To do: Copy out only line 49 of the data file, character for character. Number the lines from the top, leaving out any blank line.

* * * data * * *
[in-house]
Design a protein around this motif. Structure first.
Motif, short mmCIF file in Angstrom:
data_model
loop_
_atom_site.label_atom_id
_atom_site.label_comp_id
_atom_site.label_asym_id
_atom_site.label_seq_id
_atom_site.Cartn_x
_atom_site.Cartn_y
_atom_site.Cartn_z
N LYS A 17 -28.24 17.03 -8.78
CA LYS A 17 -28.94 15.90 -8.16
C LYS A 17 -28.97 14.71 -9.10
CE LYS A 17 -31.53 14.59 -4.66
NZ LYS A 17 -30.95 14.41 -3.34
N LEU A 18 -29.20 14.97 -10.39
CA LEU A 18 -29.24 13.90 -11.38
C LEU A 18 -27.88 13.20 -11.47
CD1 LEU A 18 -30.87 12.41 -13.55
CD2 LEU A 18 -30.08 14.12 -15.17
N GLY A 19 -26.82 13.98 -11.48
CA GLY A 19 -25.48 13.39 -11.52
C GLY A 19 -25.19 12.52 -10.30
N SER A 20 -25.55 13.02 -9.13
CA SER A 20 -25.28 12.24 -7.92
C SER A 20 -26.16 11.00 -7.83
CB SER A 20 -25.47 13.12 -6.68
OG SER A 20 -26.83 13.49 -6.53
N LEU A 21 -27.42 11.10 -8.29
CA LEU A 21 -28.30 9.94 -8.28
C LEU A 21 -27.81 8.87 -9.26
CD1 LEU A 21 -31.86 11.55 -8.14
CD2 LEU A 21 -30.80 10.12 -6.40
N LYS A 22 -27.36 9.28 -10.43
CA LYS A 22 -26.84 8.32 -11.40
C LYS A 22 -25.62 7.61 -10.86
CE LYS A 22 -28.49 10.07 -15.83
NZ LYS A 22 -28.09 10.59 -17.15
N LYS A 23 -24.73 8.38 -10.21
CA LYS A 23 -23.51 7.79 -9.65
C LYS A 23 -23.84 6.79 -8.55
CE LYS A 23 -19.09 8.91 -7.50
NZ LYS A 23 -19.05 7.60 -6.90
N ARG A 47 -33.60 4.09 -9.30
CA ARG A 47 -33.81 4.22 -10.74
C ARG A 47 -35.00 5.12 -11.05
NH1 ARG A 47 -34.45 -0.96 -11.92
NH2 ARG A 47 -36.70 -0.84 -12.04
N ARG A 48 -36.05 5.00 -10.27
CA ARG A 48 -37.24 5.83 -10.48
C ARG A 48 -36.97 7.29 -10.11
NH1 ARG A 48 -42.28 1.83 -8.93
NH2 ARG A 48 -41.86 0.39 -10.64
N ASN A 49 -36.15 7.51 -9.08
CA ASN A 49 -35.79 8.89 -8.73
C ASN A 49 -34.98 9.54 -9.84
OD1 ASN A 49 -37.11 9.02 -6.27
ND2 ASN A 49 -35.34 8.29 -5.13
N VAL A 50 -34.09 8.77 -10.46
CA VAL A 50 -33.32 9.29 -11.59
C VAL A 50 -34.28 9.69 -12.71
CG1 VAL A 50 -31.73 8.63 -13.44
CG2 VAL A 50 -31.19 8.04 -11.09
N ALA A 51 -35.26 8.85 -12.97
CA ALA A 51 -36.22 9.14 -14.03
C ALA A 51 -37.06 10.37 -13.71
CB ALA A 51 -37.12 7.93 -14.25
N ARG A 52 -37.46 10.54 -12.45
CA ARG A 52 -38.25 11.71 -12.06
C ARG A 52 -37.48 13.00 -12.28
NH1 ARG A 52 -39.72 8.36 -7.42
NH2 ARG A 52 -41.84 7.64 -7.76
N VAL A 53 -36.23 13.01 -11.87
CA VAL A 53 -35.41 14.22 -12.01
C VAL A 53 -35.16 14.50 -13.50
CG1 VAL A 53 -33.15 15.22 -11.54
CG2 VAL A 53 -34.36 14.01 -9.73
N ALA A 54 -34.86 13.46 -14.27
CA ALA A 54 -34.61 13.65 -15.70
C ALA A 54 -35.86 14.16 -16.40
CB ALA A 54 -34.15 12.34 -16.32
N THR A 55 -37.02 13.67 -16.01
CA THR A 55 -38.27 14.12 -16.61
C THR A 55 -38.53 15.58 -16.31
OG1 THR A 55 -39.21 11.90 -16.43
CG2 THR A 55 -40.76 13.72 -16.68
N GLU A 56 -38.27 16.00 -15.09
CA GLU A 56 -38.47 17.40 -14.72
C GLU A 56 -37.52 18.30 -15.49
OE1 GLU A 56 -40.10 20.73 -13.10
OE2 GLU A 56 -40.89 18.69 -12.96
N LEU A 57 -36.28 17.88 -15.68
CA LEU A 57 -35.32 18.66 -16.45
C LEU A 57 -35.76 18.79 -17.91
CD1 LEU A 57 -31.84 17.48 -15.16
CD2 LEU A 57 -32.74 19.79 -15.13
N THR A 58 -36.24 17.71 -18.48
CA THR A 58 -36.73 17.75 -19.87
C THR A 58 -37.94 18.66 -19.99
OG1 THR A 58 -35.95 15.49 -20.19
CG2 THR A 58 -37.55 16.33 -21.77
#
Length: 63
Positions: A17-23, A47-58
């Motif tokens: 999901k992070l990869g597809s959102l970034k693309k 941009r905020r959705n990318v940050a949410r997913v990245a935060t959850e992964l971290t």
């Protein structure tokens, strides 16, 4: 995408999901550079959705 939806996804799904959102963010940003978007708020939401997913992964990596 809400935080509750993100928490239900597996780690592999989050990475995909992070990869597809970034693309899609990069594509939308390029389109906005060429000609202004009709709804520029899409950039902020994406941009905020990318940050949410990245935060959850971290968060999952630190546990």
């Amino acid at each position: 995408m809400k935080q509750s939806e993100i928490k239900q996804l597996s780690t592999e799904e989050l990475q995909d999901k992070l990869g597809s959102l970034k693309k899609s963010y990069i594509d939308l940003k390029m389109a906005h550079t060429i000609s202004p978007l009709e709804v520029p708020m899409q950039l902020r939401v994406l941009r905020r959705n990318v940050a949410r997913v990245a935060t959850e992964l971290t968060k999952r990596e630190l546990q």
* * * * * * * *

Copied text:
NH1 ARG A 47 -34.45 -0.96 -11.92